I've never understood why one film has to rate above others when discussing a turning point within this genre. The truth is there were several very good westerns made/released in 1939. And my educated guess is there were probably western-ish films made at the end of the silent era (lost or else having fallen into obscurity) that distilled the elements of the genre in a way that STAGECOACH did. But they don't fit in with the Ford-loving auteur theorists who do not want to burn any midnight oil coming up with ways to champion or even mention them.

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25 minutes ago, TopBilled said:

I've never understood why one film has to rate above others when discussing a turning point within this genre. The truth is there were several very good westerns made/released in 1939. And my educated guess is there were probably western-ish films made at the end of the silent era (lost or else having fallen into obscurity) that distilled the elements of the genre in a way that STAGECOACH did. But they don't fit in with the Ford-loving auteur theorists who do not want to burn any midnight oil coming up with ways to champion or even mention them.

At least you admit that your antipathy is colored by your personal bias. There are a few "championed" movies that I also don't view favorably, but I realize that I'm in the minority, and I don't dismiss others' praise of them. If someone enjoys something, that's the hoped for result, and I try not to begrudge anyone their artistic pleasures.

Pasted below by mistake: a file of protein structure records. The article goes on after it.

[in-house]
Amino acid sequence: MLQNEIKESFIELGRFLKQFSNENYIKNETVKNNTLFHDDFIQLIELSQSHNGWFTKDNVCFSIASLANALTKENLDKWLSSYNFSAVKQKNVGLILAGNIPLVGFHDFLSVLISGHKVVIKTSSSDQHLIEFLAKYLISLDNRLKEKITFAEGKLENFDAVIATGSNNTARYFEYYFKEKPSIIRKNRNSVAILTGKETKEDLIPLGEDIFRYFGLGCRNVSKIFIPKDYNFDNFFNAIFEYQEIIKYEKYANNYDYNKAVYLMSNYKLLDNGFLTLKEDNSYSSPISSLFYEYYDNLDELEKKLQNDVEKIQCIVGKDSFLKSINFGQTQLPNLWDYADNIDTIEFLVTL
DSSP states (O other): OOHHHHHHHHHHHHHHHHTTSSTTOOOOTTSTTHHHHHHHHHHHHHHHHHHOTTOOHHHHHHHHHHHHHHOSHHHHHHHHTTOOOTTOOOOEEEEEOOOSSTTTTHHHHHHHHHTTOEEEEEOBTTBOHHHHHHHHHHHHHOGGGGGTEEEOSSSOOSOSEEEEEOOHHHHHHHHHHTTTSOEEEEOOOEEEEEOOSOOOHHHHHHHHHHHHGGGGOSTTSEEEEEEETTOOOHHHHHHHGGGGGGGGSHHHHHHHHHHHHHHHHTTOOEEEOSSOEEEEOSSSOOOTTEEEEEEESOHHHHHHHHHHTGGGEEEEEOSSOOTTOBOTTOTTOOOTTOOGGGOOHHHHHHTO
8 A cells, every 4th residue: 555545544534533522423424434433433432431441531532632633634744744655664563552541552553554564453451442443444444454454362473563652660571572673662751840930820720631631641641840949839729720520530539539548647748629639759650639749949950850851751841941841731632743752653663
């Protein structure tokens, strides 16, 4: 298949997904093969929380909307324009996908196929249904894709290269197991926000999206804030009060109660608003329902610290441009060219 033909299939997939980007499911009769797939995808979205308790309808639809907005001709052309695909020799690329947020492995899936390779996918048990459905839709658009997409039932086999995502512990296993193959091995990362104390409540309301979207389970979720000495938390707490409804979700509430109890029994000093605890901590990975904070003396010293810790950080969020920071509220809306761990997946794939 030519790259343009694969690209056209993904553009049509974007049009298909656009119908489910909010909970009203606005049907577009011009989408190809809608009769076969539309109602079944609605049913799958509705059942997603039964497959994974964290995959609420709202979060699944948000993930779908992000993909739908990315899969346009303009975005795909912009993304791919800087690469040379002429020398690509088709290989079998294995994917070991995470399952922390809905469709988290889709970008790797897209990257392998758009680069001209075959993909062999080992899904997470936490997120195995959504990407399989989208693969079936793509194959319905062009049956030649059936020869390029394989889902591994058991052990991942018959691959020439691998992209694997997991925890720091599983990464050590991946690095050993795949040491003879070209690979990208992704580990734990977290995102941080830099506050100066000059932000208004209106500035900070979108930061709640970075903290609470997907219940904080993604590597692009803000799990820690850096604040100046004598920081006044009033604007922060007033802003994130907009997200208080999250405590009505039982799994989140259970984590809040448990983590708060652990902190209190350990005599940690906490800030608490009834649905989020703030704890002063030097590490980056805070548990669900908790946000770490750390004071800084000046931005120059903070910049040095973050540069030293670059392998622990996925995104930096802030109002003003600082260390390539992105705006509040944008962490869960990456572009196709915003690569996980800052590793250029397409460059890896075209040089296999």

And you make a good point about there being other, earlier milestones, but I don't think anyone said that there weren't (I know I didn't at least). I can point to 1929's The Virginian with Gary Cooper as an example, and its success helped prompt the making of The Big Trail and Cimarron in the following years.

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29 minutes ago, LawrenceA said:

At least you admit that your antipathy is colored by your personal bias. There are a few "championed" movies that I also don't view favorably, but I realize that I'm in the minority, and I don't dismiss others' praise of them. If someone enjoys something, that's the hoped for result, and I try not to begrudge anyone their artistic pleasures.

And you make a good point about there being other, earlier milestones, but I don't think anyone said that there weren't (I know I didn't at least). I can point to 1929's The Virginian with Gary Cooper as an example, and it's success helped prompt the making of The Big Trail and Cimarron in the following years.

I don't begrudge anyone their artistic pleasures. But I do begrudge critics who act like there is only one pleasure, or an ultimate pleasure, neglecting almost everything else.

It's kind of like TCM's over promoting of certain household names. Of course I'm glad the channel is bringing certain stars, directors and films into people's lives. But there's more than this narrowly defined list of 'essential' classic films. That's why in the Essentials thread I created, 80% of the films I review are ones that will probably never air on TCM on Saturday nights. It's deliberate and conscious on my part, because the whole point is that there are other seminal works that co-exist alongside what has already been hyped and exploited a million times.